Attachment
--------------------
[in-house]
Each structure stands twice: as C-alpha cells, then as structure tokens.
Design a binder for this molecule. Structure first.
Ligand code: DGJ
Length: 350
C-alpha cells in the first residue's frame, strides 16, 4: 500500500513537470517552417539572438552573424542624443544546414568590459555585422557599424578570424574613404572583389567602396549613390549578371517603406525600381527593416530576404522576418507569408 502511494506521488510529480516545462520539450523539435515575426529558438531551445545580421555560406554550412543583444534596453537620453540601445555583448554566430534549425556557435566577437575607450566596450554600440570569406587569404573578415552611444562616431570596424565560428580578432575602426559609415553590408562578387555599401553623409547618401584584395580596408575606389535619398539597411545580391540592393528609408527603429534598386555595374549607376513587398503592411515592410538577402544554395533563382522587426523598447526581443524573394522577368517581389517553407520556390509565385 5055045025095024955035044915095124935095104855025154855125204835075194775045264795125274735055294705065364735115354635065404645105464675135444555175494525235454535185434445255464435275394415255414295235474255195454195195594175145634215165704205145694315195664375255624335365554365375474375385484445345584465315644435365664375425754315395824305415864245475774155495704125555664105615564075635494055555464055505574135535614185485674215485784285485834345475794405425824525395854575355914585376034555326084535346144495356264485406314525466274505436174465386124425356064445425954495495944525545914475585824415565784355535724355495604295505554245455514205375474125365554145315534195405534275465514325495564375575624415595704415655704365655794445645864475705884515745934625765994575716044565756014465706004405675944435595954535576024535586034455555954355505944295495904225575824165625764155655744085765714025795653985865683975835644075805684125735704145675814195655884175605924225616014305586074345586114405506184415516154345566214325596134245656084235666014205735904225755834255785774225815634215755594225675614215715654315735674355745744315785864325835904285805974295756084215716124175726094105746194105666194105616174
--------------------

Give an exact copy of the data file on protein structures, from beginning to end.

[in-house]
Each structure stands twice: as C-alpha cells, then as structure tokens.
Design a binder for this molecule. Structure first.
Ligand code: DGJ
Length: 350
C-alpha cells in the first residue's frame, strides 16, 4: 500500500513537470517552417539572438552573424542624443544546414568590459555585422557599424578570424574613404572583389567602396549613390549578371517603406525600381527593416530576404522576418507569408 502511494506521488510529480516545462520539450523539435515575426529558438531551445545580421555560406554550412543583444534596453537620453540601445555583448554566430534549425556557435566577437575607450566596450554600440570569406587569404573578415552611444562616431570596424565560428580578432575602426559609415553590408562578387555599401553623409547618401584584395580596408575606389535619398539597411545580391540592393528609408527603429534598386555595374549607376513587398503592411515592410538577402544554395533563382522587426523598447526581443524573394522577368517581389517553407520556390509565385 5055045025095024955035044915095124935095104855025154855125204835075194775045264795125274735055294705065364735115354635065404645105464675135444555175494525235454535185434445255464435275394415255414295235474255195454195195594175145634215165704205145694315195664375255624335365554365375474375385484445345584465315644435365664375425754315395824305415864245475774155495704125555664105615564075635494055555464055505574135535614185485674215485784285485834345475794405425824525395854575355914585376034555326084535346144495356264485406314525466274505436174465386124425356064445425954495495944525545914475585824415565784355535724355495604295505554245455514205375474125365554145315534195405534275465514325495564375575624415595704415655704365655794445645864475705884515745934625765994575716044565756014465706004405675944435595954535576024535586034455555954355505944295495904225575824165625764155655744085765714025795653985865683975835644075805684125735704145675814195655884175605924225616014305586074345586114405506184415516154345566214325596134245656084235666014205735904225755834255785774225815634215755594225675614215715654315735674355745744315785864325835904285805974295756084215716124175726094105746194105666194105616174